The last & best Kinks masterpiece
By Vail Beach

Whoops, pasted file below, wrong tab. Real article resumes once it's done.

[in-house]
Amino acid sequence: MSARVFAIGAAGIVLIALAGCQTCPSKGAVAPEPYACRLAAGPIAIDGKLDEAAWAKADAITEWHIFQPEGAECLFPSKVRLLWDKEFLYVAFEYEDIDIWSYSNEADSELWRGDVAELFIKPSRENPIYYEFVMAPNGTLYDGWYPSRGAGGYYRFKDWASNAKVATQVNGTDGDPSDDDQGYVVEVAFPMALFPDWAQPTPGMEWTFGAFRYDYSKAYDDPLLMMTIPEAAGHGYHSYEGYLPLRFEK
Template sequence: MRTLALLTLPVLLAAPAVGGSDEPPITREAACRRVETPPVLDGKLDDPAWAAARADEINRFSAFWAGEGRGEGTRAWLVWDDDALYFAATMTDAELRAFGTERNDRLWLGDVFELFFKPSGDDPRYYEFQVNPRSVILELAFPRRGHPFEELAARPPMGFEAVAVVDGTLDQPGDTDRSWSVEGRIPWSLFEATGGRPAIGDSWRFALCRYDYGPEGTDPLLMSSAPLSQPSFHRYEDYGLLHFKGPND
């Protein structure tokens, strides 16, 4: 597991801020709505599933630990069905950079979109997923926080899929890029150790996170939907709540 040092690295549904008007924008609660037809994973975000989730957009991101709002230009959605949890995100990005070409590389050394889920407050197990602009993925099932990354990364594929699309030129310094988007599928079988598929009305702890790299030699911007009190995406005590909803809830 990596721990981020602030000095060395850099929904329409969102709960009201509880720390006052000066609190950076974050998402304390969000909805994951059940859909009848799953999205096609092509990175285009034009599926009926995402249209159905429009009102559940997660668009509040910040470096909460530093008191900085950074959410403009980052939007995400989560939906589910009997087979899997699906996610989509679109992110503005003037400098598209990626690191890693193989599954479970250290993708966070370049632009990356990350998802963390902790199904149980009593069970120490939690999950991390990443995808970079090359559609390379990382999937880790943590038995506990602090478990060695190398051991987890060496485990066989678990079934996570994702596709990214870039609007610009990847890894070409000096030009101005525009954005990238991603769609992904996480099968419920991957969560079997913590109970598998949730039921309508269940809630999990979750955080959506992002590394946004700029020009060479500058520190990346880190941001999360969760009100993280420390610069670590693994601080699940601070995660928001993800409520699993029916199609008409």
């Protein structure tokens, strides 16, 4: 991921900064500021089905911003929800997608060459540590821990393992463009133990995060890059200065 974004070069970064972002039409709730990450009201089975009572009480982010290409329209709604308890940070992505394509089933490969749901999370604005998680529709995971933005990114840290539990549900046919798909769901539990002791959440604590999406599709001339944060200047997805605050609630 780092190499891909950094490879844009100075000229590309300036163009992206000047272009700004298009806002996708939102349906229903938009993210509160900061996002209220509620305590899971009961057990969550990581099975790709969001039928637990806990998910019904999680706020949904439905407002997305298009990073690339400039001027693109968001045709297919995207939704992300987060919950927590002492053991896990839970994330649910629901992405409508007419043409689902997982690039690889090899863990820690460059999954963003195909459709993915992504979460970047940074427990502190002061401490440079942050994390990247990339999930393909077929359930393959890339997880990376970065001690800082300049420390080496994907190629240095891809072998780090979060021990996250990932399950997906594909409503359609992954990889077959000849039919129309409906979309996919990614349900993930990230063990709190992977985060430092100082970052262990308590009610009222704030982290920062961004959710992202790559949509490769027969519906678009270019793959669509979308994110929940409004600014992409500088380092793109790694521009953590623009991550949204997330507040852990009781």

The Kinks’ peak was the period between 1966-71, and “Muswell Hillbillies” was the last great album. They continued for another decade and a half, and issued some valuable songs, but never hit the peak that “Muswell Hillbillies” represents. It is a Ray Davies showcase — one of the few albums without any songs by Dave Davies. At first, I thought it was the Kinks’ riff on The Band — the rootsy, semi-acoustic arrangements and naturalistic recording style occupies the same sweet spot. But while the Band’s songs conjured up myths, Ray Davies is characteristically rooted in reality. These are little character portraits — of individuals or couples or distinct communities. Although very nostalgic, they were clearly characters of the time of the album — the early 1970s. These are people of that time, wishing for a different time — a constant theme of Ray’s, but never rendered better than on these songs. Davies’ singing and the band’s playing seems to be inspired by the love Ray lavishes on these characters. The way he sings the last chorus of the title song (which was the final song on the original LP — consider everything after that to be bonus material) can bring tears to your eyes. A masterpiece.